Francisco J. López-Iranzo, Ana M. López-Rodas , Luis Franco and Gerardo López-Rodas * Pages 4515 - 4521 ( 7 )
Background: COVID-19, caused by SARS-CoV-2, is a potentially lethal, rapidly-expanding pandemic and many efforts are being carried out worldwide to understand and control the disease. COVID-19 patients may display a cytokine release syndrome, which causes severe lung inflammation, leading, in many instances, to death.
Objective: This paper is intended to explore the possibilities of controlling the COVID-19-associated hyperinflammation by using licensed drugs with anti-inflammatory effects.
Hypothesis: We have previously described that pentoxifylline alone, or in combination with oxypurinol, reduces the systemic inflammation caused by experimentally-induced pancreatitis in rats. Pentoxifylline is an inhibitor of TNF-α production and oxypurinol inhibits xanthine oxidase. TNF-α, in turn, activates other inflammatory genes such as Nos2, Icam or IL-6, which regulate migration and infiltration of neutrophils into the pulmonary interstitial tissue, causing injury to the lung parenchyma. In acute pancreatitis, the anti-inflammatory action of pentoxifylline seems to be mediated by the prevention of the rapid and presumably transient loss of PP2A activity. This may also occur in the hyperinflammatory -cytokine releasing phase- of SARS-CoV-2 infection. Therefore, it may be hypothesized that early treatment of COVID-19 patients with pentoxifylline, alone or in combination with oxypurinol, would prevent the potentially lethal acute respiratory distress syndrome.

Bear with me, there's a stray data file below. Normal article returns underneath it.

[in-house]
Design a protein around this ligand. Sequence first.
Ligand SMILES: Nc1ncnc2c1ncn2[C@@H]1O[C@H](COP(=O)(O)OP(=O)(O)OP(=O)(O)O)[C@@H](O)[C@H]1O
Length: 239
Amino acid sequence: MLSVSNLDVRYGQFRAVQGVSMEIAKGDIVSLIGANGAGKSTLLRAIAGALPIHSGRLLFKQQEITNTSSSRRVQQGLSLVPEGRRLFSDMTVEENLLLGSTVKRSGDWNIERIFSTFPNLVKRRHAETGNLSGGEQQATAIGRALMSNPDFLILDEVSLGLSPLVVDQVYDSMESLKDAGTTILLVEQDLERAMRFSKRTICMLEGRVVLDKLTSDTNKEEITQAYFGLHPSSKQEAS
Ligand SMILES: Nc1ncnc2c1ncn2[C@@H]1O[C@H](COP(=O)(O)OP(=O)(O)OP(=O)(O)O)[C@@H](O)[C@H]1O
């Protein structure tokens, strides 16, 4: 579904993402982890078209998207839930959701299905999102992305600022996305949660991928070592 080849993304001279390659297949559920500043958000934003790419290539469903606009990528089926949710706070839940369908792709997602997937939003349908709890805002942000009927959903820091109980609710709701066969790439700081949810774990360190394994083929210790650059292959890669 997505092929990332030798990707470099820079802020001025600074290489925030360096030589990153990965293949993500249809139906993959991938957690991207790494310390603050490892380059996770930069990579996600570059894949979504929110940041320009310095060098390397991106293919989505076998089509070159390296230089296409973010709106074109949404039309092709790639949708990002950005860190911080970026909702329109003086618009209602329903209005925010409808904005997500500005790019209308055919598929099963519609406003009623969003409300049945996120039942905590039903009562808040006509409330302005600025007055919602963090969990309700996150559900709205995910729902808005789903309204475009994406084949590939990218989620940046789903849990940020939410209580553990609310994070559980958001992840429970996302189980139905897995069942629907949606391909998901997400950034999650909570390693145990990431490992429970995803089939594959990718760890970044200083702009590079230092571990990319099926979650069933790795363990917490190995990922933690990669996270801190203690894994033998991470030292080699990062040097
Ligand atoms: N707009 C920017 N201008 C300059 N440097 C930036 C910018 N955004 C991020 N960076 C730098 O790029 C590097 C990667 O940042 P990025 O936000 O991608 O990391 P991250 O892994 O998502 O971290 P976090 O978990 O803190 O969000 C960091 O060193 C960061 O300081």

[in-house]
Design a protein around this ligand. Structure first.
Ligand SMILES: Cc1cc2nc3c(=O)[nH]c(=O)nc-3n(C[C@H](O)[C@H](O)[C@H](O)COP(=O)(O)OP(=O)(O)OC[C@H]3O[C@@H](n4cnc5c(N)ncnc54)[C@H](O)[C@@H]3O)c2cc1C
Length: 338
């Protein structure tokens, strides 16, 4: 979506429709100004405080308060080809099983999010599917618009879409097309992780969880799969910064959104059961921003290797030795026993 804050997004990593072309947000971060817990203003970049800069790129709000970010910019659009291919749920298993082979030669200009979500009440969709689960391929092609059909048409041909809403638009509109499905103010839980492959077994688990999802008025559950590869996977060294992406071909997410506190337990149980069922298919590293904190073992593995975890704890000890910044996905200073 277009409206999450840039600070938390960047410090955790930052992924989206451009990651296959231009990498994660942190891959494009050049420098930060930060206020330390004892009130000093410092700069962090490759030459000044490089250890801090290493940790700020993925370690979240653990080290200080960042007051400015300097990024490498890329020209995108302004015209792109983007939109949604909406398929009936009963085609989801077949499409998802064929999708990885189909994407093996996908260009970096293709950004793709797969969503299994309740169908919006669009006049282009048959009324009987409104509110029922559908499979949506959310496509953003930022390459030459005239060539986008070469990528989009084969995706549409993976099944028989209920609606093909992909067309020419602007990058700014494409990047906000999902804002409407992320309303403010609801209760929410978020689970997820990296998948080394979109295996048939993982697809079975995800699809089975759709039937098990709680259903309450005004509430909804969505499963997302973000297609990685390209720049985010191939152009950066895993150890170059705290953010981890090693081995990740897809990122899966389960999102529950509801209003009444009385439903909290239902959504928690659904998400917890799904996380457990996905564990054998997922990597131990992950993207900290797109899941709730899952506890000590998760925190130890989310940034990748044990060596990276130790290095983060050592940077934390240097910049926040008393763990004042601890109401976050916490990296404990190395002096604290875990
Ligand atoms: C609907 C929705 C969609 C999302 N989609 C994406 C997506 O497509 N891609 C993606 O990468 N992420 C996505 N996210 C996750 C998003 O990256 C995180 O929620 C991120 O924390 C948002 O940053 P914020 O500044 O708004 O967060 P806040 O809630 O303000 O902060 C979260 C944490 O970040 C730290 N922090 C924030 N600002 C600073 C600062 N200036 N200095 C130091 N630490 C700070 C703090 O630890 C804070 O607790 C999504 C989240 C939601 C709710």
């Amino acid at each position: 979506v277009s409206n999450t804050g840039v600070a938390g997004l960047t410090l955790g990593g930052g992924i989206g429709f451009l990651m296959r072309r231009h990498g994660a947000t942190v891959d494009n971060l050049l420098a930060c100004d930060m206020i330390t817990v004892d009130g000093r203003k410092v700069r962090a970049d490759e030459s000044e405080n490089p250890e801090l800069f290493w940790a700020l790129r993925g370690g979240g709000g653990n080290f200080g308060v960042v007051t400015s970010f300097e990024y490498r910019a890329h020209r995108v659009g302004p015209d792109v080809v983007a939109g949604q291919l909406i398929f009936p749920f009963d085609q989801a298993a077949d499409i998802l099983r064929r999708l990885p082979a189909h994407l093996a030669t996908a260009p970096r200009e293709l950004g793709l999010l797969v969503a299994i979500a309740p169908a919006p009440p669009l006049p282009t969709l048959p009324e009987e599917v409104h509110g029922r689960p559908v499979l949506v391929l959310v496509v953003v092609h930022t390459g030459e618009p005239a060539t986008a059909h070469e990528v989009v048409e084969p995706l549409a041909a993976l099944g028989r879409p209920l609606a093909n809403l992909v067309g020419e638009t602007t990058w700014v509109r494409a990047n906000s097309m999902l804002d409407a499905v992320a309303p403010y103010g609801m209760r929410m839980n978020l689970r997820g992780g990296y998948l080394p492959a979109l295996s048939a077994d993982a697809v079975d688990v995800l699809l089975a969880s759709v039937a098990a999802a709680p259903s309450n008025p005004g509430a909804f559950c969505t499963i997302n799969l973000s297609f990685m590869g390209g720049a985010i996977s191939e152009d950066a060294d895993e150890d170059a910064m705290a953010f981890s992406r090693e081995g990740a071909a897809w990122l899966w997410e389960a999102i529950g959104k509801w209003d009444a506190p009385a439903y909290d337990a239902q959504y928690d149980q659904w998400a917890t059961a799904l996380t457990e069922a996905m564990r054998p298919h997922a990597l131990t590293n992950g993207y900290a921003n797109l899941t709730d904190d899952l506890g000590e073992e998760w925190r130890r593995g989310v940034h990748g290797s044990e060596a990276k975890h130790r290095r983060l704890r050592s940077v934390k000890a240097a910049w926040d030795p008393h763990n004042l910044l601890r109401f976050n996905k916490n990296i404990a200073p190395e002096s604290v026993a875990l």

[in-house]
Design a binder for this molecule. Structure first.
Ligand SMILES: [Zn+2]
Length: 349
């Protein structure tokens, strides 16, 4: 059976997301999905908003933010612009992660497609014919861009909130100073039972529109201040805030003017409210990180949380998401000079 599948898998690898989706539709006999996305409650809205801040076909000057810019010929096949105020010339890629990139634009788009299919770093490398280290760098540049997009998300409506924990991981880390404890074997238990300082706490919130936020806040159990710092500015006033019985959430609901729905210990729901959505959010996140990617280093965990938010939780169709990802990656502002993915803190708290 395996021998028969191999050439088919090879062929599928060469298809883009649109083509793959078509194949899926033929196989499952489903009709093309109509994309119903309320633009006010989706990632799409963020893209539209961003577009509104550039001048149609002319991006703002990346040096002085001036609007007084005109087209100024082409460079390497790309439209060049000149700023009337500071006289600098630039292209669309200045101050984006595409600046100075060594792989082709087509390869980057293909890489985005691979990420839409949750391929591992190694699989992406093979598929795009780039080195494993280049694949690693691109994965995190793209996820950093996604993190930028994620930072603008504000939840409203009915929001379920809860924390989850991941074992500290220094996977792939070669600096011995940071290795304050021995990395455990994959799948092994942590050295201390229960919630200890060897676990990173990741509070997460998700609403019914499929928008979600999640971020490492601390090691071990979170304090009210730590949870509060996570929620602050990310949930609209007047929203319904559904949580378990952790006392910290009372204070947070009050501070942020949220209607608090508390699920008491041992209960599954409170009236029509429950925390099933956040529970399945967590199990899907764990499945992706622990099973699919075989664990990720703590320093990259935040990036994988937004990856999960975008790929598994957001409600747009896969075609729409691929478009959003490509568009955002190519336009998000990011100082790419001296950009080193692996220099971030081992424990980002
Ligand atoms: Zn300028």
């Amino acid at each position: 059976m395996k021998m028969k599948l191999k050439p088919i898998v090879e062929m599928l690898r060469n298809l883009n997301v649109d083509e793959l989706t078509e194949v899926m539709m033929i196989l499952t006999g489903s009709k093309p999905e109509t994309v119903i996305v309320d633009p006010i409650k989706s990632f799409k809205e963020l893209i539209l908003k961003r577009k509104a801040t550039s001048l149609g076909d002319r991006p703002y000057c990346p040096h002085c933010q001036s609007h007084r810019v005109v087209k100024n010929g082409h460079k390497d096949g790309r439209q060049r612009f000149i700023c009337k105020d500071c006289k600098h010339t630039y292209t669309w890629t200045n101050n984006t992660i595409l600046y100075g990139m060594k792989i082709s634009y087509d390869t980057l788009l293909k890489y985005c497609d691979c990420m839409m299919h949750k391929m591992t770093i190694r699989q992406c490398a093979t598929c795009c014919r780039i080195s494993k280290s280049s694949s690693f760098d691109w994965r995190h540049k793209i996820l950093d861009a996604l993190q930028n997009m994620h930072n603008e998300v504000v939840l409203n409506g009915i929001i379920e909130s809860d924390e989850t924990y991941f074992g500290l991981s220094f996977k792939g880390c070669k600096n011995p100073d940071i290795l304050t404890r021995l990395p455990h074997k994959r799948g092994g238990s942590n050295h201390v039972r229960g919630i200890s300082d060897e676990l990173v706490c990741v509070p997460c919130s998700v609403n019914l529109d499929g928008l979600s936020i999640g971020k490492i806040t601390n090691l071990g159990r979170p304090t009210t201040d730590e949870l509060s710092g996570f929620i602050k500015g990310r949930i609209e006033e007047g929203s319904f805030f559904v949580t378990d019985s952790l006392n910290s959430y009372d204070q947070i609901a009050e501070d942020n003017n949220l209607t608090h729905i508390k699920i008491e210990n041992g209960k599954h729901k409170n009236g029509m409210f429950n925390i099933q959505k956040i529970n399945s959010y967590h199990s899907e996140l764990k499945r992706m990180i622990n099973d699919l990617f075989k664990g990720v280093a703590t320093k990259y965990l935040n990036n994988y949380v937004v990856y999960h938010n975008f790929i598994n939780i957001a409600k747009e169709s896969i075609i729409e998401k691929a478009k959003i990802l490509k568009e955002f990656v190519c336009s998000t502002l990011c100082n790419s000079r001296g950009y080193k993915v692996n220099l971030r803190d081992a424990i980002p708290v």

Conclusion: Pentoxifylline and oxypurinol are licensed drugs used for diseases other than COVID-19 and, therefore, phase I clinical trials would not be necessary for the administration to SARS-CoV-2- infected people. It would be worth investigating their potential effects against the hyperinflammatory response to SARS-CoV-2 infection.
Pentoxifylline, oxypurinol, SARS-CoV-2, COVID-19, pro-inflammatory cytokines, systemic inflammatory response, serine/ threonine phosphatase PP2A, cytokine release syndrome.
Department of Biochemistry and Molecular Biology, University of Valencia, Valencia, Medical Specialist in Family and Community Medicine, SAMU Service, Hospital of Sagunto, Department of Biochemistry and Molecular Biology, University of Valencia, Valencia, Department of Biochemistry and Molecular Biology, University of Valencia, Valencia